According to Acas, age discrimination is one of the most common forms of unfair treatment in the workplace. Treating someone unfairly at work because of their age is against the law, apart from in some very limited circumstances. The common areas where age discrimination is most likely to occur are: recruitment, training, promotion, pay and terms and conditions of employment, performance management, redundancy, retirement, dismissal and flexible working.
Recently, HR Solutions presented a free webinar on Age Discrimination, which was recorded so you can watch it any time and at your convenience.
The key aims of the webinar and this article are to:
- Introduce the new Acas guidance on age discrimination and to understand its importance.
- Understand the types of discrimination and what is meant by ‘age’ in equality terms.
- Raise awareness of age discrimination and how it can arise.
- Remind ourselves of age-related issues that come up in working life.
Acas (Advisory, Conciliation and Arbitration Service) are a leading authority on workplace practices. They produce advice and guidance on workplace relations and provide statutory Codes of Practice. Employment tribunals will typically expect employers to follow the advice Acas publish. Those wishing to avoid liability should be proactive with the new Acas guidance on Age Discrimination.
Discrimination and Liability
Firstly, let us have a quick recap on the basics of discrimination. Generally speaking, discrimination, or unfair treatment, is less favourable because of a protected characteristic. The UK have nine protected characteristics, set out in the Equality Act 2010. The nine protected characteristics, that people have a legal protection from being discriminated against are age, disability, gender reassignment, marriage and civil partnership, pregnancy and maternity, race, religion or belief, sex and sexual orientation.
There is no minimum length of service required, by an employee, to bring a claim for age discrimination. Discrimination because of age ‘… is unlawful from when a role is advertised through to the last day of employment and beyond, including job references.’
The key points to remember about age discrimination and liability are that:
- Employers and employees can both be liable for their own acts of discrimination.
- Sometimes employers are also liable for the acts of their employees. This is known as vicarious liability.
- Vicarious liability may be avoided if the employer can show they took all reasonable steps to try to prevent the discrimination.
Ensuring Fairness and Inclusivity
There are of course many reasons, as to why employers should want to know a bit about the guidance, other than avoiding having to take responsibility for the actions of others. Employers who wish to ensure fairness, make the workplace inclusive, and wish to avoid vicarious liability should familiarise themselves with the new guide and make adaptations accordingly.
Generally speaking employers want to:
- Treat all staff fairly, regardless of age
- Create and maintain an inclusive workplace
- Educate themselves about accidental or ‘unconscious’ discrimination and avoid it happening, and
- Employers do not want to fall foul of a discrimination claim.
Age Discrimination Overview
What is meant by age? Generally, employees are protected against unfair treatment because:
- They are a particular age
- They are in a particular age group e.g. ‘below 25’
- They are thought to be a particular age for what ever reason e.g. a person using a walking stick might be perceived to be in a ‘later stage of life’, but they could of course be any age.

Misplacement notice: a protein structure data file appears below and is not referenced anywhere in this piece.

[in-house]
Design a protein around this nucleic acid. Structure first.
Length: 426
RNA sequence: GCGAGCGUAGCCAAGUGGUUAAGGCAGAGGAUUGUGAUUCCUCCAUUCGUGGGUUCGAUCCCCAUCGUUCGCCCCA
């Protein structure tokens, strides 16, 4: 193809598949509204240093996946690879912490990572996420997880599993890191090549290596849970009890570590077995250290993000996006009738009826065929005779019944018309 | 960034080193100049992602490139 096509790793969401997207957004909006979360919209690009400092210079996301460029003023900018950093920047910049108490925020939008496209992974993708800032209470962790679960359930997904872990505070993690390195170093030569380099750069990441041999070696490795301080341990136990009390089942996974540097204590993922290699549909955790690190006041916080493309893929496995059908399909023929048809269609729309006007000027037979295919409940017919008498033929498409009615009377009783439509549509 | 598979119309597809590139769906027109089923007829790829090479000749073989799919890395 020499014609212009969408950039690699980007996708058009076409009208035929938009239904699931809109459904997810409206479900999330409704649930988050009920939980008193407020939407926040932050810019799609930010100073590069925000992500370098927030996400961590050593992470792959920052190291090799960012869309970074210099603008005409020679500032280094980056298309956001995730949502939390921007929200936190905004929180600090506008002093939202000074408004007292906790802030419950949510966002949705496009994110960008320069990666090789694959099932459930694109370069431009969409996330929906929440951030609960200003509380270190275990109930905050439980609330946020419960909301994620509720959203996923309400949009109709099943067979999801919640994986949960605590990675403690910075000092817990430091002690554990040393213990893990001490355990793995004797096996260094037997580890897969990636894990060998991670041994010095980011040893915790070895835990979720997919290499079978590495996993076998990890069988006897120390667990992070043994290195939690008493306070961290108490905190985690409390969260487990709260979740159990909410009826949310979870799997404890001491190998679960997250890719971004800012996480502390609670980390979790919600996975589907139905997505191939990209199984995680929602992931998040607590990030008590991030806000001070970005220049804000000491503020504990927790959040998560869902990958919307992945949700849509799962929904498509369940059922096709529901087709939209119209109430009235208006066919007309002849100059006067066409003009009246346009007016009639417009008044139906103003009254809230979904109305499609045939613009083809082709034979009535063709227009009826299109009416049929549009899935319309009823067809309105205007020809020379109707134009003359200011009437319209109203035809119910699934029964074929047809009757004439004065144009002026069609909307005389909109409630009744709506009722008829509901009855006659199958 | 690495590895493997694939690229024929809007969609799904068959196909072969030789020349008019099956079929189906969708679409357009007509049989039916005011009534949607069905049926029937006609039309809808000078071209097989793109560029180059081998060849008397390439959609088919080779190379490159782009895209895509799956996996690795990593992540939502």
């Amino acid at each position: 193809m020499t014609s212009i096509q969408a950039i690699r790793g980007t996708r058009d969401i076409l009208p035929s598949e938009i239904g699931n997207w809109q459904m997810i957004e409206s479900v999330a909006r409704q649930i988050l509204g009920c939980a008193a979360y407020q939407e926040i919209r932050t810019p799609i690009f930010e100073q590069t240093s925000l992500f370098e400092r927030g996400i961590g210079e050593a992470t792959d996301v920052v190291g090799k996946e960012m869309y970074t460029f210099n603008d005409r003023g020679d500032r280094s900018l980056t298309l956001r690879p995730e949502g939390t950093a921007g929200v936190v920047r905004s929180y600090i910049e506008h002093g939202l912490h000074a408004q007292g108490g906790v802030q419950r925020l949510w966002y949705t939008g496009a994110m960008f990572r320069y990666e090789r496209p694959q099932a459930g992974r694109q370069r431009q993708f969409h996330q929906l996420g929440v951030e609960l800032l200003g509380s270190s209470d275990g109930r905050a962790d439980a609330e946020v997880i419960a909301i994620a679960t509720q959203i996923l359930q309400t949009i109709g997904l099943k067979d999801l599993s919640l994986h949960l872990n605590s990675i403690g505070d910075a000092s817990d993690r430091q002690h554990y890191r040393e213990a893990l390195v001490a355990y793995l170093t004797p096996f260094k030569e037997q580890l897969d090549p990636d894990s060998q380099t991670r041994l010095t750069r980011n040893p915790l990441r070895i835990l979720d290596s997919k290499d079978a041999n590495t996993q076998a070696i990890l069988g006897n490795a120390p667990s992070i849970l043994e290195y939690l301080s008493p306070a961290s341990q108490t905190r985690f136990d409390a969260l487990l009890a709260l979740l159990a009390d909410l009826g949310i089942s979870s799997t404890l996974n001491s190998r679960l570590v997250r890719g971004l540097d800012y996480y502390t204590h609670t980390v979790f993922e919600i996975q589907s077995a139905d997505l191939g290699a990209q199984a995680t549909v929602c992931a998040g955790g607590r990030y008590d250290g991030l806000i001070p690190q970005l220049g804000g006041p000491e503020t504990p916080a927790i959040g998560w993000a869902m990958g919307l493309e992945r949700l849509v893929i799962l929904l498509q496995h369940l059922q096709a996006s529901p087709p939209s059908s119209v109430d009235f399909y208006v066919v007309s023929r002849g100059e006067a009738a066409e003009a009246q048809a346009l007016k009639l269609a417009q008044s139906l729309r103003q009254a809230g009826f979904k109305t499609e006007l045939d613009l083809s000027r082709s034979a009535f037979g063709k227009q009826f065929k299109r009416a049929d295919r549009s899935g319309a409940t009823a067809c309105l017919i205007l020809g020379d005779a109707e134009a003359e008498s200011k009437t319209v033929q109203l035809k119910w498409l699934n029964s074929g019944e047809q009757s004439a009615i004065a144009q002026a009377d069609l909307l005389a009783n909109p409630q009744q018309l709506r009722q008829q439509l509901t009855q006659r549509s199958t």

- They are associated with someone belonging to a particular age group e.g. ‘babies’.
Types of Discrimination
A discrimination claim is possible when someone is: treated badly for being an age that they actually are not (direct discrimination); dismissed because they might raise a complaint about ageism (victimisation); mocked for being in a relationship with someone much younger (harassment); or required to have ‘any degree’ in order to apply for a job (indirect discrimination).
There are 4 main types of discrimination:
- Direct discrimination – someone is treated less favourably than others, which includes association and
- Indirect discrimination – where a practice applies equally to all, but disadvantages those with a particular protected characteristic (e.g. requiring someone has ‘any degree’ for a job is a rule that applies equally to all but puts an age group at a particular disadvantage because degrees are vastly more common within younger generations).
- Harassment – ‘unwanted conduct’ which has the purpose or effect of violating a person’s dignity or creating an intimidating, hostile, degrading, humiliating or offensive environment for them.
- Victimisation – someone suffers a detriment because they have made, or may support an allegation of discrimination.
The New Acas Guidance
The new guidance is a handy and reader friendly resource, which contains clarity on what age discrimination is, the types of age discrimination that can occur, common risk areas and further considerations. It provides advice on what steps to take to prevent age discrimination from happening and on how to deal with age discrimination if it does happen.
For further information:
- Watch HR Solutions’ webinar recording on age discrimination at https://www.hrsolutions-uk.com/resources/videos-webinars-archive/
- Read the Acas article on age discrimination at http://www.acas.org.uk/index.aspx?articleid=1841
- Read the full Acas guide on Age Discrimination at http://www.acas.org.uk/media/pdf/o/1/Age_discrimination_key_points_for_the_workplace.pdf
For advice on any HR related issue, for your organisation, call HR Solutions on 0844 324 5840. To find out more about all of our HR and support services visit www.hrsolutions-uk.com/hr-services.